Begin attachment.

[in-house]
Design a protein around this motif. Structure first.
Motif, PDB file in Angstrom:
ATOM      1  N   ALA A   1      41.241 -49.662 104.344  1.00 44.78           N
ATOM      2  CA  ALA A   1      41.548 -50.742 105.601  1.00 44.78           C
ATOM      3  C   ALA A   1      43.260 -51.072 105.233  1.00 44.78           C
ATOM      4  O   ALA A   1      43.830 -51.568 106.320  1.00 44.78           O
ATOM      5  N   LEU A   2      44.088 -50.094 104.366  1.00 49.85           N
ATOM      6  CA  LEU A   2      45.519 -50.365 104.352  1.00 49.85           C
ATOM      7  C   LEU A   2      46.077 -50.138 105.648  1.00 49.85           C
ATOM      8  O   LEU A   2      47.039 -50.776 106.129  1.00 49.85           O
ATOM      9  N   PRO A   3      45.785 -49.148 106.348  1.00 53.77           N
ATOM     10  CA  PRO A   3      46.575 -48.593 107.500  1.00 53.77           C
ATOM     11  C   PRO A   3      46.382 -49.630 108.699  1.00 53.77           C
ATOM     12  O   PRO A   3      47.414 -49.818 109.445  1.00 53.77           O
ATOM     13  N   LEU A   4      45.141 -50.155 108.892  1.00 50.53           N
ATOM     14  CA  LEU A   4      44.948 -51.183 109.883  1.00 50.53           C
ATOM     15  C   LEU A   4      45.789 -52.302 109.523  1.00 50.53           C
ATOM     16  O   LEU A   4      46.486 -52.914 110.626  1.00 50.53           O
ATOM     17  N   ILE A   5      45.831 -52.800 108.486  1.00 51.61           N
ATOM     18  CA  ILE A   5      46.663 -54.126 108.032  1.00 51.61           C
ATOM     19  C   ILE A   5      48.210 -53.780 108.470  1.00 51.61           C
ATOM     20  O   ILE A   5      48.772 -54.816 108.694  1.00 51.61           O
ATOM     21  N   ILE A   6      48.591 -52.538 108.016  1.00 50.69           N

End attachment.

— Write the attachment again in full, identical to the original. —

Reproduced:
[in-house]
Design a protein around this motif. Structure first.
Motif, PDB file in Angstrom:
ATOM      1  N   ALA A   1      41.241 -49.662 104.344  1.00 44.78           N
ATOM      2  CA  ALA A   1      41.548 -50.742 105.601  1.00 44.78           C
ATOM      3  C   ALA A   1      43.260 -51.072 105.233  1.00 44.78           C
ATOM      4  O   ALA A   1      43.830 -51.568 106.320  1.00 44.78           O
ATOM      5  N   LEU A   2      44.088 -50.094 104.366  1.00 49.85           N
ATOM      6  CA  LEU A   2      45.519 -50.365 104.352  1.00 49.85           C
ATOM      7  C   LEU A   2      46.077 -50.138 105.648  1.00 49.85           C
ATOM      8  O   LEU A   2      47.039 -50.776 106.129  1.00 49.85           O
ATOM      9  N   PRO A   3      45.785 -49.148 106.348  1.00 53.77           N
ATOM     10  CA  PRO A   3      46.575 -48.593 107.500  1.00 53.77           C
ATOM     11  C   PRO A   3      46.382 -49.630 108.699  1.00 53.77           C
ATOM     12  O   PRO A   3      47.414 -49.818 109.445  1.00 53.77           O
ATOM     13  N   LEU A   4      45.141 -50.155 108.892  1.00 50.53           N
ATOM     14  CA  LEU A   4      44.948 -51.183 109.883  1.00 50.53           C
ATOM     15  C   LEU A   4      45.789 -52.302 109.523  1.00 50.53           C
ATOM     16  O   LEU A   4      46.486 -52.914 110.626  1.00 50.53           O
ATOM     17  N   ILE A   5      45.831 -52.800 108.486  1.00 51.61           N
ATOM     18  CA  ILE A   5      46.663 -54.126 108.032  1.00 51.61           C
ATOM     19  C   ILE A   5      48.210 -53.780 108.470  1.00 51.61           C
ATOM     20  O   ILE A   5      48.772 -54.816 108.694  1.00 51.61           O
ATOM     21  N   ILE A   6      48.591 -52.538 108.016  1.00 50.69           N